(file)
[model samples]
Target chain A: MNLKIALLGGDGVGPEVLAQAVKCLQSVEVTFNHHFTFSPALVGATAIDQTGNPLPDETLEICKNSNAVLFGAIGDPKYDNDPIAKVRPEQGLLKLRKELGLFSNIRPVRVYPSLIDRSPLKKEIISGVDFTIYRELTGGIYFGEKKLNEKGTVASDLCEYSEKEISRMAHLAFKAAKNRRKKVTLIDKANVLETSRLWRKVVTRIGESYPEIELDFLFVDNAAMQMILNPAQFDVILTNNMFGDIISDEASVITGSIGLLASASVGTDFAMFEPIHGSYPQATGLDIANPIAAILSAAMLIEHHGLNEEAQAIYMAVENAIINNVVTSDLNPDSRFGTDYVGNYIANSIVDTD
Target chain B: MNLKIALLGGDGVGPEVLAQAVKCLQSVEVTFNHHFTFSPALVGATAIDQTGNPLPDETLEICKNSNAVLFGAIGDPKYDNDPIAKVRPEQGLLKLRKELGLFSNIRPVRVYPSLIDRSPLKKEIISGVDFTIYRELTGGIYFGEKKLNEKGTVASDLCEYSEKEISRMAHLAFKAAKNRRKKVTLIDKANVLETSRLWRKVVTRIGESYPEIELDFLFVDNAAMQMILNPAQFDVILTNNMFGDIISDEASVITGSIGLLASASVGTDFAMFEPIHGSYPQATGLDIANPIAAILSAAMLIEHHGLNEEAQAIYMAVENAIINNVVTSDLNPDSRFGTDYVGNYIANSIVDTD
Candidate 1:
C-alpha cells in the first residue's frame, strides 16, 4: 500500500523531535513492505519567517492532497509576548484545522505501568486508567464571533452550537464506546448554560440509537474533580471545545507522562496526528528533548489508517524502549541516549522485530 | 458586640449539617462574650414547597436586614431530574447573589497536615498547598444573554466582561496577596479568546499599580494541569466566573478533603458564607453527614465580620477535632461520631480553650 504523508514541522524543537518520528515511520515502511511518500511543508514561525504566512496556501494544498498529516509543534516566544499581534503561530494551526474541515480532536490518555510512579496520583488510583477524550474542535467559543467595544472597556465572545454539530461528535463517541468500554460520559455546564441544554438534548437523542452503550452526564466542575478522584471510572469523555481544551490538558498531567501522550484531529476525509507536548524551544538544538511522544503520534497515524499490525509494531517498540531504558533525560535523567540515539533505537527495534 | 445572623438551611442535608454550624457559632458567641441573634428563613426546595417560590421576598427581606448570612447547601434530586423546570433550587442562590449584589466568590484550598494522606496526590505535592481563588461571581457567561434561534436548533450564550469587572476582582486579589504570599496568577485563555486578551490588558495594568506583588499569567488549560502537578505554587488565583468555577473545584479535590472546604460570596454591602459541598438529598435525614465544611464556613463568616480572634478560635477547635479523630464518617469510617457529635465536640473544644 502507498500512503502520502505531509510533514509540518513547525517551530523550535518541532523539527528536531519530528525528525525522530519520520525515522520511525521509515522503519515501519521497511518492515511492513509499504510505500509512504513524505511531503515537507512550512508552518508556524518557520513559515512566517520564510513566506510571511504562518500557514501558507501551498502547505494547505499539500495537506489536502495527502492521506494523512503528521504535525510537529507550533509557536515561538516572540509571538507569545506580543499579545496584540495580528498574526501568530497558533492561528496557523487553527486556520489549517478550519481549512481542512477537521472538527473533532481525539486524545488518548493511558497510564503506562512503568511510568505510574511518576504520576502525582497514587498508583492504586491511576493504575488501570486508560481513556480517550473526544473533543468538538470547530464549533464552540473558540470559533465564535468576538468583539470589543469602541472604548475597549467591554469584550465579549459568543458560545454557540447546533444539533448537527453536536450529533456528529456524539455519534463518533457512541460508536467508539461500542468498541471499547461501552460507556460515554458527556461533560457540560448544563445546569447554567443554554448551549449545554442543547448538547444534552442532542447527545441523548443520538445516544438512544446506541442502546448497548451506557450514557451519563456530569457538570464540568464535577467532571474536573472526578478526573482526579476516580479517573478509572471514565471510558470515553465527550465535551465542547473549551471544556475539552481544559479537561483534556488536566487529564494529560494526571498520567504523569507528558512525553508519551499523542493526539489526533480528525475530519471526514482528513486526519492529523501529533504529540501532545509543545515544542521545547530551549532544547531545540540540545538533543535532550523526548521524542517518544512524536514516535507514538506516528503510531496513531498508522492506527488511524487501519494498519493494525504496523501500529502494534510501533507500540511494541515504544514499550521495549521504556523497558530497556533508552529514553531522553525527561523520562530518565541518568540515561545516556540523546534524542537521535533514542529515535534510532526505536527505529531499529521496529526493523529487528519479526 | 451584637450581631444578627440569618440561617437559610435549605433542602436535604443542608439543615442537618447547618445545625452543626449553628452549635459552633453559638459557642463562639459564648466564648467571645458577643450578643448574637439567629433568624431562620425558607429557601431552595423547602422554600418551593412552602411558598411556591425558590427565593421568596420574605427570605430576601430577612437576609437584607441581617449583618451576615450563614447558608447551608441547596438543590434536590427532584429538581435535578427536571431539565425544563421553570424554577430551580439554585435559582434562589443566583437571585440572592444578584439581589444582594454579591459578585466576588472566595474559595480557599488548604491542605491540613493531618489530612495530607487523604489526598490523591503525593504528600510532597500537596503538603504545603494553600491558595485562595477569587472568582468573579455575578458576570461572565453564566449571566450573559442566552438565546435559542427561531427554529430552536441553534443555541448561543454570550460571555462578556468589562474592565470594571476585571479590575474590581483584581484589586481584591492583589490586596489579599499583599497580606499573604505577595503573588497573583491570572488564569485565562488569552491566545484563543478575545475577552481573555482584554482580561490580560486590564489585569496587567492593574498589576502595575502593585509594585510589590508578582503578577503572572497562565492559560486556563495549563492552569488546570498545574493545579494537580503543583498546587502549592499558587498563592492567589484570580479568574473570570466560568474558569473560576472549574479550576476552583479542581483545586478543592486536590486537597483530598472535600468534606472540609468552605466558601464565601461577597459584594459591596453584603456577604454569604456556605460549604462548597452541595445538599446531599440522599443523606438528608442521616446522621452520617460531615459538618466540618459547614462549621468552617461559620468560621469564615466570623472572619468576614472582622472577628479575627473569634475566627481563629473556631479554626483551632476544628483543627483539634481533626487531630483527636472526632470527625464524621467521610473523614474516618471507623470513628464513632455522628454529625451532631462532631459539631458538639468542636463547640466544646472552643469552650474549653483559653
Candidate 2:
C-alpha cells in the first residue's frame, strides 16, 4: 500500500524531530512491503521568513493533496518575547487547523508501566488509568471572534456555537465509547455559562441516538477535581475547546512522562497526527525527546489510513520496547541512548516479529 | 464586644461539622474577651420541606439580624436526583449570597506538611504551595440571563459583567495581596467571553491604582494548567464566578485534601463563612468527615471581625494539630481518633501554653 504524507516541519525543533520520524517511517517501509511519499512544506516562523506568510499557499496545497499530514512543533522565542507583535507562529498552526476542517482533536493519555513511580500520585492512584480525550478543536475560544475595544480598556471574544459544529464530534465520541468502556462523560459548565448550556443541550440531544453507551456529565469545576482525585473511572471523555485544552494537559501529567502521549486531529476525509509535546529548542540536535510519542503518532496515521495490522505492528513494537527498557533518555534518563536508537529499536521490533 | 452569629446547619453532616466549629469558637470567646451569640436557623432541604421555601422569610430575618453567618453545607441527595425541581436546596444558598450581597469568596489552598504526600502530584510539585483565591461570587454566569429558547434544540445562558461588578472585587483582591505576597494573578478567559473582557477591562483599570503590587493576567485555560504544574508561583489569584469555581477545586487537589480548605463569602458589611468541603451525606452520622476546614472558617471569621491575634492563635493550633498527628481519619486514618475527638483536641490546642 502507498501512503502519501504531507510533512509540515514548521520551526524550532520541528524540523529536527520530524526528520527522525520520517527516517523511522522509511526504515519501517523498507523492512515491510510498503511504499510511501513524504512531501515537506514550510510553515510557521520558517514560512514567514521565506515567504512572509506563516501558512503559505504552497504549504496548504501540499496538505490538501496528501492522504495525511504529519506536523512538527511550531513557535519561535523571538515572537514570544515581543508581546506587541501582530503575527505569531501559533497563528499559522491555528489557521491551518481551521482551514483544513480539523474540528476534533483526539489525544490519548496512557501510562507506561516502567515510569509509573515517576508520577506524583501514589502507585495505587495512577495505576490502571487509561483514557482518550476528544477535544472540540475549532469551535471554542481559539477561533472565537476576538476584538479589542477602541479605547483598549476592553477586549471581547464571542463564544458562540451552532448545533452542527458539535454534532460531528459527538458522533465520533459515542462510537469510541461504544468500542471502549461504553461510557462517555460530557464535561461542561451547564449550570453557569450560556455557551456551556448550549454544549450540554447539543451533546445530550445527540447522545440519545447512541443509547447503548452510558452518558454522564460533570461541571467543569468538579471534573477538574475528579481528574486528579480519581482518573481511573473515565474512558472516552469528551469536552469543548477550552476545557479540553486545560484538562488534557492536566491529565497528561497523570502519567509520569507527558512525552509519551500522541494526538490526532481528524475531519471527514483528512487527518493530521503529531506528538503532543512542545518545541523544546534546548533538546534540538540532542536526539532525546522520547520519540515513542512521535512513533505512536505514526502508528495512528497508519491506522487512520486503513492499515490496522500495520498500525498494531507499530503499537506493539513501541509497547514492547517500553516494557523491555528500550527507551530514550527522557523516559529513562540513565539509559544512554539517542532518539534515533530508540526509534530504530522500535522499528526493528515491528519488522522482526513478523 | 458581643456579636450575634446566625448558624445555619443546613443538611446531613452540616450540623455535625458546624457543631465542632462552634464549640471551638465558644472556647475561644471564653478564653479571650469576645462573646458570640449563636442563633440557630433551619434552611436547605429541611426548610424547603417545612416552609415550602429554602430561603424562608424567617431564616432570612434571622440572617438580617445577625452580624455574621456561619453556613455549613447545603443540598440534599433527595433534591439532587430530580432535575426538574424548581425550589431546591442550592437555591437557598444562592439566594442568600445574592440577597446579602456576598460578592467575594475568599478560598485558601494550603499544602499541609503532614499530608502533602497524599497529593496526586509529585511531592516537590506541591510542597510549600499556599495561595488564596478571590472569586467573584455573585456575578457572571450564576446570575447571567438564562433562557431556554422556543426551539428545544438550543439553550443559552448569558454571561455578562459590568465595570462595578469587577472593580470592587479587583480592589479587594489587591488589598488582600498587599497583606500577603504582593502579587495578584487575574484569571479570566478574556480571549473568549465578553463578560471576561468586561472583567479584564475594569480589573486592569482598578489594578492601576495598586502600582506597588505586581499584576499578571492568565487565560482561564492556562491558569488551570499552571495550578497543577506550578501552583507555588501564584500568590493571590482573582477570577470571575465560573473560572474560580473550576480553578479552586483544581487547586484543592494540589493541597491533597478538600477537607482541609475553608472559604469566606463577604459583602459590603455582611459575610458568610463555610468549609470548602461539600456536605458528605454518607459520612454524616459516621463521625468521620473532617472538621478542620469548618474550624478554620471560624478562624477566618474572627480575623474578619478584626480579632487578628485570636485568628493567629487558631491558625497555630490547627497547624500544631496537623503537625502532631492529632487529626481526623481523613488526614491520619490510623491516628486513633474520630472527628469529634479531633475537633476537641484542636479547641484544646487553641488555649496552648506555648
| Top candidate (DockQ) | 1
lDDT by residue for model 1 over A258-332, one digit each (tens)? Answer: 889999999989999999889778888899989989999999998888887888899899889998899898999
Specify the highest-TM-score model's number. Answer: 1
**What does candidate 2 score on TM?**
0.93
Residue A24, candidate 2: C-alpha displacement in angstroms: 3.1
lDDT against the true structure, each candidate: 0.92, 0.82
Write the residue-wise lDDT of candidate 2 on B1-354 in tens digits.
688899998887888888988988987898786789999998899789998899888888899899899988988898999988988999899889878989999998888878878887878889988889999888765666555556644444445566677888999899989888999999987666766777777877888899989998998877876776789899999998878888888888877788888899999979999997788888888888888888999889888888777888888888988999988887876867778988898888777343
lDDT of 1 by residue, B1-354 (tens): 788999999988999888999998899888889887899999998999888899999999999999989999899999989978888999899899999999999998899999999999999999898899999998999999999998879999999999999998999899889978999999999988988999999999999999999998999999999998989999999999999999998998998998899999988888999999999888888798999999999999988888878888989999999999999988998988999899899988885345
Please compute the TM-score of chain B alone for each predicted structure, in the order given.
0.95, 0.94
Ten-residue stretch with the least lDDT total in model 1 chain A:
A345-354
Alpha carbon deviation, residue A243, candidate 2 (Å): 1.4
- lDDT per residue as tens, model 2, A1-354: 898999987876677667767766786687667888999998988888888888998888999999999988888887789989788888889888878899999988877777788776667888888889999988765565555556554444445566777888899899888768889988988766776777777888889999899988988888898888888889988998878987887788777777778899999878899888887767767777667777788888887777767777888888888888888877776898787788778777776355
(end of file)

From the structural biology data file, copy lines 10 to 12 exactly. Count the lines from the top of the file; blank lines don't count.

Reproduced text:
Specify the highest-TM-score model's number. Answer: 1
**What does candidate 2 score on TM?**
0.93